In front of 82,507 spectators in Melbourne against Zimbabwe at the world’s biggest stage, Suryakumar Yadav played outrageous lap sweeps from outside off-stump, to find boundaries on either side of fine-leg. At Mount Maunganui last week, he created impossible angles for runs behind the wicket, the stroke-filled hundred against New Zealand again justifying the moniker of Mr 360.
For the past year-and-a-half, Yadav has strained every sinew to carve a wagon-wheel with the inverted V as focus, becoming one of the most feared T20 batters in the world. That begs the question whether Yadav can extend this outstanding run of form into Test match cricket.
‘Absolutely’, says Yadav’s first India coach Ravi Shastri.
Yadav’s style of play in T20s may be at odds with the approach needed to succeed in the longest format. But Test cricket itself is changing fast. England’s ultra-aggressive batting approach since Brendon McCullum took over as coach with Ben Stokes as captain has produced results. That would give dynamic stroke-players like Yadav hope.
Yadav was confident of coming into Test reckoning when asked after his sensational hundred in the second T20 win against New Zealand at Maunganui on Sunday.
“That time is also coming, because when we start playing the game we do with the red ball only,” he told a media interaction. “I’ve played first-class cricket for Mumbai too. So, I have a good idea about the format. I enjoy playing the format. Hopefully the Test cap will also come soon.”
Shastri, who was India’s coach until late last year, had pushed for Yadav’s initiation in Test cricket by persuading the selectors to name him as a replacement player on the 2021 England tour. With the spate of injuries in the team and uncertainties due to Covid, Yadav was even in the mix to debut had the final Test at Old Trafford not been postponed.
Under Shastri, from Rishabh Pant’s promotion to No 6 to Ravindra Jadeja’s to No 5 over Ajinkya Rahane at the Oval Test, India were willing to draw tactical plays from white-ball cricket, looking to break matches open with counter-attacking moves.
Recently, during a live broadcast with Yadav present, Shastri called him a three-format player. “This guy can play Test cricket and I’ll tell you what, he can surprise a few. Send him there at number 5 and let him stir it up,” he said on Star Sports. Yadav, 32, was delighted, making it known he wants to make up for lost time.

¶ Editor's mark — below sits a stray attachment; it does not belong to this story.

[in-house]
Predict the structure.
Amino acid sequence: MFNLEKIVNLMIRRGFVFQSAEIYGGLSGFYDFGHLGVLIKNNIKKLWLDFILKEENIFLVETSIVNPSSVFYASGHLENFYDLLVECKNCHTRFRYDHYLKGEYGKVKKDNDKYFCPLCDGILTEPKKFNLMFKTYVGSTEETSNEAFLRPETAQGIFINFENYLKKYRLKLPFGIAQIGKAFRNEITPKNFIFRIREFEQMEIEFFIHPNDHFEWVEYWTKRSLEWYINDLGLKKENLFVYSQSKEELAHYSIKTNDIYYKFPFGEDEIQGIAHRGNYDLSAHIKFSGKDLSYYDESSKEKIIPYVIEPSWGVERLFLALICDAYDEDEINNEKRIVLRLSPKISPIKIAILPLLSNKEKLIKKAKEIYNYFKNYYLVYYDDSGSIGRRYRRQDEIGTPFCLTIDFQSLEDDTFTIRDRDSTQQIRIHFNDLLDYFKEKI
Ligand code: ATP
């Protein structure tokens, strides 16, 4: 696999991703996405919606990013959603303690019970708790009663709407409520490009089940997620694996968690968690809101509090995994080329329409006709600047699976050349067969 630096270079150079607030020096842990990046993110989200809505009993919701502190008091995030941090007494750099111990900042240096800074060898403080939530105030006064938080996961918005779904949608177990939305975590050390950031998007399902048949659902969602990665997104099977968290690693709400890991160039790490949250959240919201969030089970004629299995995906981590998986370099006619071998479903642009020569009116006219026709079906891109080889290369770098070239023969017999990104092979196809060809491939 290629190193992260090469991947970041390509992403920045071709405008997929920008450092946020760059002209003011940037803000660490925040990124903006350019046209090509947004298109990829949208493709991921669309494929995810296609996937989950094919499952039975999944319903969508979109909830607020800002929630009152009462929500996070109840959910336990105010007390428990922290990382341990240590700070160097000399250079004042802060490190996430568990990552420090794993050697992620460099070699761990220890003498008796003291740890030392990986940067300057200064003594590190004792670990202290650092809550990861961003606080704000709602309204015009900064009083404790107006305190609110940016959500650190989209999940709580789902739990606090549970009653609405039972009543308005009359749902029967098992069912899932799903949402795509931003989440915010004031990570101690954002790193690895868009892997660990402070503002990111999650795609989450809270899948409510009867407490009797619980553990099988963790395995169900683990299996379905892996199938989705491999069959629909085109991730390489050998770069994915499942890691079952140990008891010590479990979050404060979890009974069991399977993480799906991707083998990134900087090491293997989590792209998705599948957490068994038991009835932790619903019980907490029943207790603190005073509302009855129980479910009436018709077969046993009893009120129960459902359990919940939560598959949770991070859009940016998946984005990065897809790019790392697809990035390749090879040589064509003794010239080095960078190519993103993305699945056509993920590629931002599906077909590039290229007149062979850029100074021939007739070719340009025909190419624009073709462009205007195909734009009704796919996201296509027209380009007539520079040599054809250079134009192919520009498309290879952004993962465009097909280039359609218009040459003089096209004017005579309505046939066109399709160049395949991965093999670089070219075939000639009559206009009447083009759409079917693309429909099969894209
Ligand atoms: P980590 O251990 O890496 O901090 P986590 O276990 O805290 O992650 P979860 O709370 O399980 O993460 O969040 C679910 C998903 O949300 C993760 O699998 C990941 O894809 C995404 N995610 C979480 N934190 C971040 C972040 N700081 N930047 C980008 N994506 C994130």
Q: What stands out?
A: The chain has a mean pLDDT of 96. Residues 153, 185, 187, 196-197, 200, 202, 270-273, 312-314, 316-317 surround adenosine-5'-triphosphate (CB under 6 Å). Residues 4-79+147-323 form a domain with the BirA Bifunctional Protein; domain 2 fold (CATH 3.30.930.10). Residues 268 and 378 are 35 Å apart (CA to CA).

YADAV’S ‘FIRST-CLASS’ YEARS
Yadav made his first-class debut way back in 2010. He wasn’t batting too differently then. “My first impression was that he was very unorthodox and fearless, someone who would score 70-80 quick runs in a session and change the game. He would play the late cut, sweep and play to different areas of the ground even in long-formats. He always had that ability to demoralize the opposition quickly,” said Wasim Jaffer, former India opener and Yadav’s first skipper at Mumbai.
“Even with so many seniors like myself, Rohit Sharma and Ajit Agarkar, he was not afraid to play his game. That is something that struck me about him. It’s difficult to bat this way in Mumbai where you are expected to be disciplined and not hit the ball in the air. Credit to him. He had a very strong mind.”
In his first full season, Yadav scored 754 runs in nine Ranji games, including a double hundred; he also got a hundred in Duleep Trophy. He then suffered a slip in form. “When you experience failure, people tell you ‘this is not how you should play’. That’s when he became unsure and got a little defensive. But he came out of that well,” said Jaffer.
Yadav’s 5,326 first-class runs in 77 matches have come at an average of 44.01. “He is a lot better than that,” Jaffer said. “Had he stuck to his attacking approach, he would have done even better. He has not done justice to his red-ball cricket. But if he is given a chance now, he will succeed because his confidence is sky high. He is batting in another league.”
For Yadav to make it to India’s middle-order though, he would need to jump the queue. Shreyas Iyer’s bright start in Test cricket will allow him a decent run while Hanuma Vihari has been dropped for the upcoming Bangladesh series. Mumbai’s Sarfaraz Khan with back-to-back seasons of 900 plus Ranji runs is still waiting for his chance.
Jaffer believes that be it starting with India A, Yadav’s red-ball skills should not go untrialled. “He wants to play Test cricket. That’s half the battle won,” he said. “Test cricket has changed dramatically. In the end, you need players who can put runs on the board. Even in T20s, he doesn’t bat with a slogger’s technique. Besides, he plays the short ball well. He plays spin well. So, why not? Once he plays 20-30 balls, his natural instinct will take over. We have seen that with Rishabh Pant.”